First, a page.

Blu-ray launched in Australia

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Blu-ray launched in Australia

Blu-ray officially lands; HD-DVD on shaky ground.

The Australian Blu-ray Disc Working Group yesterday officially launched Blu-ray to the Australian market. Representatives from sectors supporting the format were at the launch displaying players, films and large high definition displays.

Blu-ray will be sold to the public as an “experience”, according to Scott Browning, JB Hi-Fi marketing director. It is expected that a marriage of HD displays, powerful surround sound systems and title availability will drive the uptake of the new format. According to projections from GfK, 90% of TVs in Australia are expected to be HDTV-capable by 2010.

Browning expects ten percent of JB Hi-Fi’s floor space to be dedicated to Blu-ray technology in the near future. He also estimated that 200,000 Sony PlayStation 3 consoles (which incorporate a Blu-ray drive) will be sold in Australia by the end of the year.

The PlayStation 3’s competitor in the console market, the Xbox 360, features the rival HD-DVD player as an optional add-on. Although the retail chain will carry the Xbox 360’s HD-DVD drive, JB Hi-Fi will stock Blu-ray titles exclusively as its next generation format, although it may introduce HD-DVD titles through an online store if the demand is strong enough.

Concerns regarding vulnerability to scratching were dismissed at the launch. The data layer of Blu-ray lies 0.1mm below the read surface of single layer Blu-ray discs, and 0.75mm below the read surface of dual layer discs. This is much closer to the surface than traditional DVDs and HD-DVDs which lie 0.6mm below the read layer. The surface of Blu-ray discs require a hard protective cover layer developed by TDK to be used on the read side, which is said to inhibit scratches from affecting playback.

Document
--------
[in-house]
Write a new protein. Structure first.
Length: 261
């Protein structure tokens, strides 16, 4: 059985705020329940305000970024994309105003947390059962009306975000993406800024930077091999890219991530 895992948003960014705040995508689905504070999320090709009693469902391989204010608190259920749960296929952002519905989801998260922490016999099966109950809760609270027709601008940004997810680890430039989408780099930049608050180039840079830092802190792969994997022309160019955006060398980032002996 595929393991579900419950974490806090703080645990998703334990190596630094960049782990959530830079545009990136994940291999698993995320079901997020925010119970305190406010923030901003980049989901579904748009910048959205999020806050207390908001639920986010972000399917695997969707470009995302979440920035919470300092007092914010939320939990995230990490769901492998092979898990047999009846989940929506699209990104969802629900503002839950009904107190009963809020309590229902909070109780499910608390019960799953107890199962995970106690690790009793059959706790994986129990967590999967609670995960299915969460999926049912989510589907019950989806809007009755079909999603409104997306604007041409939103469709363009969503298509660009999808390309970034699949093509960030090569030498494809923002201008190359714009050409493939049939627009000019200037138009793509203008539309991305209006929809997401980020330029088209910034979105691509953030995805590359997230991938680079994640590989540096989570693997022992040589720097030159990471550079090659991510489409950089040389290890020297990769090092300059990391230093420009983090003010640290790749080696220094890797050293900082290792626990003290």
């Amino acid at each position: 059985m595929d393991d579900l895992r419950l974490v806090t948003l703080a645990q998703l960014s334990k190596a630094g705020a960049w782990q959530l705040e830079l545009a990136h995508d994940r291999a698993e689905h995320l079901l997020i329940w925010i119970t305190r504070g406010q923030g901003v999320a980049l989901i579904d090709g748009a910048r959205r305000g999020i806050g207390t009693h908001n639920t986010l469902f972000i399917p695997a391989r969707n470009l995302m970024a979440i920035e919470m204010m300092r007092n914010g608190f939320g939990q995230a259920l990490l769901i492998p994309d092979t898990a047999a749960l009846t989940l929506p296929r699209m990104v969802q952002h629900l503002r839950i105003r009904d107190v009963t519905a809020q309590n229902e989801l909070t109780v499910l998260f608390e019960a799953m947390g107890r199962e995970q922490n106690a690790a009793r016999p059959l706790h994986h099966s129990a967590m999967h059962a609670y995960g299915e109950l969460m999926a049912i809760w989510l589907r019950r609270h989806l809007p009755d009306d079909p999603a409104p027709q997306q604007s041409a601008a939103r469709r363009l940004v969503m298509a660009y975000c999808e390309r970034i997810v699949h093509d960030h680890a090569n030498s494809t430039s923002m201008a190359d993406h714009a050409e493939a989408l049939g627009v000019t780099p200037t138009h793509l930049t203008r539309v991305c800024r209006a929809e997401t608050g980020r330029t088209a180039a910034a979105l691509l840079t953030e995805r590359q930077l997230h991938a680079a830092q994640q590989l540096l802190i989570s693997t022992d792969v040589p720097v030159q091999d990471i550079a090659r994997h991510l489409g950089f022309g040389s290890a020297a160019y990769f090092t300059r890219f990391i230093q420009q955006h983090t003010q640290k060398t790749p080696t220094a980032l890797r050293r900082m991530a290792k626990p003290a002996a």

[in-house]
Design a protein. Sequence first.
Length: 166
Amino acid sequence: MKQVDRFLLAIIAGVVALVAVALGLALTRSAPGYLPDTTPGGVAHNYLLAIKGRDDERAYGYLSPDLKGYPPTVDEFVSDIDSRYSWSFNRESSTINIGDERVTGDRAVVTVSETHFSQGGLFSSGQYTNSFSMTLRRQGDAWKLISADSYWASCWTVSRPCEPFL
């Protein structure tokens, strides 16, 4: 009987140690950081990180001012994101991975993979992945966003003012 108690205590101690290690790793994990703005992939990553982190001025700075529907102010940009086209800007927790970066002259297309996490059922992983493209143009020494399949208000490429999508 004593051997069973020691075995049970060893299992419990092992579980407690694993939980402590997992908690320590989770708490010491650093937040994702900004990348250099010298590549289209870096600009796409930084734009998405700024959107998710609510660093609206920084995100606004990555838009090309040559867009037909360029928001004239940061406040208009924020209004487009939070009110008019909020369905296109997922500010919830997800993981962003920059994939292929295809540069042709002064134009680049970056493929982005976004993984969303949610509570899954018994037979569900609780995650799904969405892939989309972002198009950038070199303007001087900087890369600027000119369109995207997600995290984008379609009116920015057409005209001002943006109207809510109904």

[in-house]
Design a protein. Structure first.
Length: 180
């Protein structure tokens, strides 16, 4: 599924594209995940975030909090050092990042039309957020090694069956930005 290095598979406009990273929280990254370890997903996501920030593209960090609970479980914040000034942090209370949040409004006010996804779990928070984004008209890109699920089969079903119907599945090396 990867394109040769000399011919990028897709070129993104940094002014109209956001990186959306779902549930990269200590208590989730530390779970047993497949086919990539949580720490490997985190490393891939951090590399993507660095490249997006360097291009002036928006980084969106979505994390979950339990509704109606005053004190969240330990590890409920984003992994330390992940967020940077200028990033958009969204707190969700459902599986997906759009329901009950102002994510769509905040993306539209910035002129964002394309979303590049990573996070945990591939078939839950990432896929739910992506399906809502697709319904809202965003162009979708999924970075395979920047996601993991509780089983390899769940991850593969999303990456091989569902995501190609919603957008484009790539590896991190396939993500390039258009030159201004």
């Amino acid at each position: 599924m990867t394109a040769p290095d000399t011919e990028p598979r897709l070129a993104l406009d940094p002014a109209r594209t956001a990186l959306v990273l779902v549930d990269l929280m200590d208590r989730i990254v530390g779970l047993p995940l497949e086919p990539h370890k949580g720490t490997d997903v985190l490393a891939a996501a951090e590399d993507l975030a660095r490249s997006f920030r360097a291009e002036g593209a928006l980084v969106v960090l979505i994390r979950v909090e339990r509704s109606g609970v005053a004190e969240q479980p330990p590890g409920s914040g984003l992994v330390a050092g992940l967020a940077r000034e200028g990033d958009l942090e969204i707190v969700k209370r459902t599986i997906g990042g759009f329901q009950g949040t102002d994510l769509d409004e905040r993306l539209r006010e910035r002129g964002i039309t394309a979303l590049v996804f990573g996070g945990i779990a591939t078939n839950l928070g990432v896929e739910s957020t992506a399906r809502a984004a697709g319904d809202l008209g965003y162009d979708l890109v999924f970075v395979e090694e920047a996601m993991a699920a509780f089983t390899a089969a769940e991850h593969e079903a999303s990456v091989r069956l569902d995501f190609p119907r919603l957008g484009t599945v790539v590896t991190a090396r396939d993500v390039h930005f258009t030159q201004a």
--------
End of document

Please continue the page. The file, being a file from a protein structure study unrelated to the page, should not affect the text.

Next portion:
Blu-ray discs will be region coded in an attempt to prevent grey importing. Unlike the eight regions DVD uses, Blu-ray is split across three regions. Australia is tagged “B/2”, which includes Europe and Africa. John Fragiadakis, technical marketing manager of Samsung, expects films to be released within the “same timeframe as Europe”.

The Blu-ray consortium expects that the format’s file size will be a deterrent to piracy. Each Blu-ray film can weigh in at upwards of 20GB -- twice the typical Australian’s monthly download limit. “It’s much easier to download a piece of music compared to SD video, let alone HD video.”

Representatives dismissed concerns over piracy, claiming that it was expected and that “multiple paths of protection” were in place on the Blu-ray format.

Currently there are 31 titles available on Blu-ray, with a further 19 planned by the end of March. The PlayStation 3 launches on the 23rd of March.


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